As Whitehorse’s Darby McIntyre circled the track, legs pumping in the scorching Los Angeles heat, there was one thought on his mind: “I am not going to lose this race, I am going to get a medal.”
That ardent determination served him well. McIntyre captured gold and bronze in athletics at the 2015 Special Olympics World Summer Games last week in California.
“I’m pretty pumped and excited … I look forward to bringing these medals back there,” said McIntyre.
The 15-year-old, who was one of the youngest athletes on Team Canada at the Games, won gold in the 5,000-metre race on Friday and bronze in the 1,500-metre on Saturday.
His two medals came in two very different fashions.
In the 5,000-metre, McIntyre took the lead on the first lap and never looked back. He finished with a time of 18 minutes and 36.31 seconds – a personal best in competition – beating the silver medalist from Lithuania by 10.88 seconds. He even lapped a pair of runners before reaching the finish line.
“I wanted to get sub-18, but I got 18:36 – which is still pretty good,” said McIntyre.
In the 1,500-metre, it was a final-lap push that put him on the podium. McIntyre overtook two competitors to move from fifth to third at the end of the race. He crossed the line with a personal best time of 4:52.70, just 3.61 seconds behind the silver medalist from Thailand and 16.2 seconds behind the gold medalist from Libya.
Going into the final lap, “I was like, I want to win a medal in this race,” said McIntyre. “So I decided I was going to up my game a little bit and pick up the pace.”
“It was a very, very fast race,” said Special Olympics Yukon executive director Serge Michaud. “The athletes came out off the line sprinting. It was bananas.”
In the 5,000, “No one was even close to him … It was a beautiful race to watch.”
McIntyre is just the second Yukoner to compete at the Special Olympics World Summer Games. The first was Tyler Repka at the 1983 Games in Baton Rouge, Louisiana.
“It’s crazy hot here and relatively humid, smoggy,” said Michaud. “There’s 165 countries represented here and to watch Darby yesterday and today, running against athletes from Zimbabwe and
Thailand and Libya – you really know you’re part of something big when you see Darby sitting down and trading pins with somebody from Costa Rica. It’s a really surreal experience.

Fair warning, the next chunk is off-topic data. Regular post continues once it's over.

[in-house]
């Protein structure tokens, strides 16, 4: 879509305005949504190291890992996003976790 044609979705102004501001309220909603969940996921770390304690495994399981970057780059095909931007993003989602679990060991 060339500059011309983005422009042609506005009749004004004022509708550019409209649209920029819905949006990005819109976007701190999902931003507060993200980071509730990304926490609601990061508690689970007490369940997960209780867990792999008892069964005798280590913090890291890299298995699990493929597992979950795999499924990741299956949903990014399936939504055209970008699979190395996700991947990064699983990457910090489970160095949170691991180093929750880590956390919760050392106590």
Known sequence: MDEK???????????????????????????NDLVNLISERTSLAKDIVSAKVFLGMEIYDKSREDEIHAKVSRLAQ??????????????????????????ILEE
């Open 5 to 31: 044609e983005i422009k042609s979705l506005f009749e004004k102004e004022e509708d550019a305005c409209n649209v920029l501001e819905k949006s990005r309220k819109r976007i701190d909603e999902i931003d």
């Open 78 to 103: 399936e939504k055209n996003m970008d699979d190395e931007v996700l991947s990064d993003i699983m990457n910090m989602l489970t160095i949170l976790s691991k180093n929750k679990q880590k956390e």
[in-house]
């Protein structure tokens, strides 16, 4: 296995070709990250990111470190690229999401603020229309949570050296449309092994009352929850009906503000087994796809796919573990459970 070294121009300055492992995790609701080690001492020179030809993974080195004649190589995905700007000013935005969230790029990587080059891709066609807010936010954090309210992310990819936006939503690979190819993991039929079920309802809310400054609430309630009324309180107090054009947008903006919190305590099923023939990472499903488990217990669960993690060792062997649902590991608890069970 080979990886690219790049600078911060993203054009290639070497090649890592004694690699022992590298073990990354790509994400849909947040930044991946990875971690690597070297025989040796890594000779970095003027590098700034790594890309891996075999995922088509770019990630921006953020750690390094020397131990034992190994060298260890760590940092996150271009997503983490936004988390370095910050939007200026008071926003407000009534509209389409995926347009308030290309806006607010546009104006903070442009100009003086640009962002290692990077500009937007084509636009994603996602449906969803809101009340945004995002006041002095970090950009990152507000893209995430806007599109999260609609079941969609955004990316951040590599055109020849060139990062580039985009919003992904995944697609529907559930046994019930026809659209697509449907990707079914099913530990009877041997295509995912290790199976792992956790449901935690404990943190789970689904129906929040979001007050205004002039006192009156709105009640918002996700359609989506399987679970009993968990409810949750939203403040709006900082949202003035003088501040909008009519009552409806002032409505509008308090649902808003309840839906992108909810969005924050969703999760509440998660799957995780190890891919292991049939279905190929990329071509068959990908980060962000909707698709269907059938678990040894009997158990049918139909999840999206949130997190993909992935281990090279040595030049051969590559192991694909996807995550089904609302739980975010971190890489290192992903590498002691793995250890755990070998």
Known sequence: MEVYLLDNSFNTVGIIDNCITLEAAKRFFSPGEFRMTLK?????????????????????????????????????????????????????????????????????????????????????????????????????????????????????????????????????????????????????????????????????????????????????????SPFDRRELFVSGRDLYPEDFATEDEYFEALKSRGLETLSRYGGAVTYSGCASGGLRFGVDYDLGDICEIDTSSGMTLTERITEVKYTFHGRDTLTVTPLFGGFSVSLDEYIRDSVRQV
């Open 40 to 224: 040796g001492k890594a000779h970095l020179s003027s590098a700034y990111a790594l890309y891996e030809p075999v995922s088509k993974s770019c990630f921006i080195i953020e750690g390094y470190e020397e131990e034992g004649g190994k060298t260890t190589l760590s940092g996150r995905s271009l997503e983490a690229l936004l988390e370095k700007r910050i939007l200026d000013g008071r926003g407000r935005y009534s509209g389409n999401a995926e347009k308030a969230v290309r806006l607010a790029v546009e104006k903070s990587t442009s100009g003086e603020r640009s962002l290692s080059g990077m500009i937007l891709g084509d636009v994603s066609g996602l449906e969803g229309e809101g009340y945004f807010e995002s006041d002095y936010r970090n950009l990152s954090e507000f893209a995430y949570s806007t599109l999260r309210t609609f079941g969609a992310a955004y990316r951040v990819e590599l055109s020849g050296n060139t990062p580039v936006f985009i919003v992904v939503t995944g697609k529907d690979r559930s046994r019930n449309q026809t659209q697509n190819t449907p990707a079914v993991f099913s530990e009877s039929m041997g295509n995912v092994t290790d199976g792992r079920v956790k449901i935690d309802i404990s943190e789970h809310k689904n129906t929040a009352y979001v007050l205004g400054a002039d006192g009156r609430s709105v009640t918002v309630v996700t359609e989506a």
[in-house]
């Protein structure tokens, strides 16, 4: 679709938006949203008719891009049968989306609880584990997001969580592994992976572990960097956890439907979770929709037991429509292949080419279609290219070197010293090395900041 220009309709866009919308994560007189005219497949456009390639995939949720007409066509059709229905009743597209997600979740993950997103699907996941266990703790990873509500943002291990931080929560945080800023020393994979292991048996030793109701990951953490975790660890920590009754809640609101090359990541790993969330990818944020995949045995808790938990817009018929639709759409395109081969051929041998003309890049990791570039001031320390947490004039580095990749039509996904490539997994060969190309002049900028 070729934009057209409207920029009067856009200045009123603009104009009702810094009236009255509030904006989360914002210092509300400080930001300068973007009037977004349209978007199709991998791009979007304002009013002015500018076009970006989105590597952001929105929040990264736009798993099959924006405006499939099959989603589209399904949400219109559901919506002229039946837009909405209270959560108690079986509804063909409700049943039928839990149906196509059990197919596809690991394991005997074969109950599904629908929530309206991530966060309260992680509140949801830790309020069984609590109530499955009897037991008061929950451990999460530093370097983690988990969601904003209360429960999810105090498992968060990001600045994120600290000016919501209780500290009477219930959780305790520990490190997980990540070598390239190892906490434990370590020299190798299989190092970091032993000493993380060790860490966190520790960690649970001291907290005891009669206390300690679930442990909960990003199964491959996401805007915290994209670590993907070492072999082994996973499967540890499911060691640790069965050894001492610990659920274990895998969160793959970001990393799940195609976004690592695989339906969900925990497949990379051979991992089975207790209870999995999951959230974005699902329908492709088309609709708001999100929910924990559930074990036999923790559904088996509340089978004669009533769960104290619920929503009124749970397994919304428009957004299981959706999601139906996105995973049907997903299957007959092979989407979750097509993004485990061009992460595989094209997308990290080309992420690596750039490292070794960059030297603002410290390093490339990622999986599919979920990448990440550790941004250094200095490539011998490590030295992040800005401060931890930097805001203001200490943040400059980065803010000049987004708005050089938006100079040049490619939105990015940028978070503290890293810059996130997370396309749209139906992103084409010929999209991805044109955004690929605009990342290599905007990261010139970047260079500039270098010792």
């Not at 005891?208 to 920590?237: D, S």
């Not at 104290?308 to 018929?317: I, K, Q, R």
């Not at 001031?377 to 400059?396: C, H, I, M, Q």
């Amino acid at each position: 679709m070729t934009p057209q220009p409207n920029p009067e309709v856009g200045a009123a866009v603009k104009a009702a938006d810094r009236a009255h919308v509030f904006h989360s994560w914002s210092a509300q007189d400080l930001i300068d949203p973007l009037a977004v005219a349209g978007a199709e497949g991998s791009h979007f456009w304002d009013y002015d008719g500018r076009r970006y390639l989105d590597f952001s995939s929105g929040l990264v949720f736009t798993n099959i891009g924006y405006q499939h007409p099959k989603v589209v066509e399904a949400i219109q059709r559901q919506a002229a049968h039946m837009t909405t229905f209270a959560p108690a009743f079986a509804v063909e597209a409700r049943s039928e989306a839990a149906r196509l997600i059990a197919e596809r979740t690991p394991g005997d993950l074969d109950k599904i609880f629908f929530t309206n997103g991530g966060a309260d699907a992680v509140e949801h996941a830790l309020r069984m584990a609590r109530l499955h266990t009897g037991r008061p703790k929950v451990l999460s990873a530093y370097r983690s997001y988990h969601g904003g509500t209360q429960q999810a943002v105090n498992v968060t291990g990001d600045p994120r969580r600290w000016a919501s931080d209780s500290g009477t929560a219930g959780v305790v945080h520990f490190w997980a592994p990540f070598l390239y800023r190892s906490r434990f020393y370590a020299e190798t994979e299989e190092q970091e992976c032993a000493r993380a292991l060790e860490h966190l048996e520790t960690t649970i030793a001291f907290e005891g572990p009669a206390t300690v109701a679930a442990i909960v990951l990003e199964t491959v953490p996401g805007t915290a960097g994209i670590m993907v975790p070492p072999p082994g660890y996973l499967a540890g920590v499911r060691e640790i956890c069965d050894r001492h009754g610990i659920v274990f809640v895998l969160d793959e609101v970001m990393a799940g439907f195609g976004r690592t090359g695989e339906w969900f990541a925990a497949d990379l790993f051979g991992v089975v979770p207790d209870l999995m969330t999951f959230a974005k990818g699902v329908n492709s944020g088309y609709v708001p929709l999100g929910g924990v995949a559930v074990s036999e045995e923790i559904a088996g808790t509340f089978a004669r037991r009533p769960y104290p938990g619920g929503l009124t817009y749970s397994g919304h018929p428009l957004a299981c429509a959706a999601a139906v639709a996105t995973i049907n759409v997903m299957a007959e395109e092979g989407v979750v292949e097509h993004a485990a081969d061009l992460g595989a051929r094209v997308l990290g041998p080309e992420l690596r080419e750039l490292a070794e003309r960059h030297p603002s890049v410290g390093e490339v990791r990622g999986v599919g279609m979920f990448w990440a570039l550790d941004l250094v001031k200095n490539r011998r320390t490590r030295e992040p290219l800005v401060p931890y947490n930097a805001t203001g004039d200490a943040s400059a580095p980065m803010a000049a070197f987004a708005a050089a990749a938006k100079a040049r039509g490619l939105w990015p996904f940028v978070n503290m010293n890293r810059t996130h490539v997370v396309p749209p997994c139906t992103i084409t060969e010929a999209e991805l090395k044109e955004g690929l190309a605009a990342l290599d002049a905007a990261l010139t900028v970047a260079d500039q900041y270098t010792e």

“I can tell you I have never seen an athlete handle the day-to-day eye-opener (factor) as well as Darby. He’s cool as a cucumber running his races and is doing very well.”
McIntyre was named to Team Canada last September following a standout performance at the 2014 Special Olympics Canada Summer Games where he captured silver in the shot put and in the 5,000-metre. He got to nationals after a stellar performance the previous summer at the Special Olympics British Columbia Summer Games where he also won gold in the 5,000-metre and bronze in the 1,500-metre.
“Winning gold in the 5,000-metre and bronze in the 1,500-metre, I felt like I was back at provincials,” said McIntyre. “The only thing that changed was my times … It just goes to show my coaches and coaches on Team Canada, they helped me get better and get faster.”
“What I can tell you is I think we have a young man here who is a bit of a diamond in the rough and he absolutely has a tremendous amount of talent and a lot of potential in sport,” said Tom Norton, McIntyre’s coach on Team Canada.
“He is tremendously disciplined on and off the track when it comes to putting his mind to what he wants to accomplish. On the track he is very determined.”
Though McIntyre was racing for Canada far from home, he had plenty of supporters in the stands. Over 30 members of McIntyre’s family made the trip to L.A. for the Games. In fact, Special Olympics
Yukon president Thomas Gibbs presented McIntyre his gold in the medal ceremony.
“It has been a great couple of days for Canada, a great couple of days for Yukon and definitely a great couple days for Darby and his family,” added Michaud.
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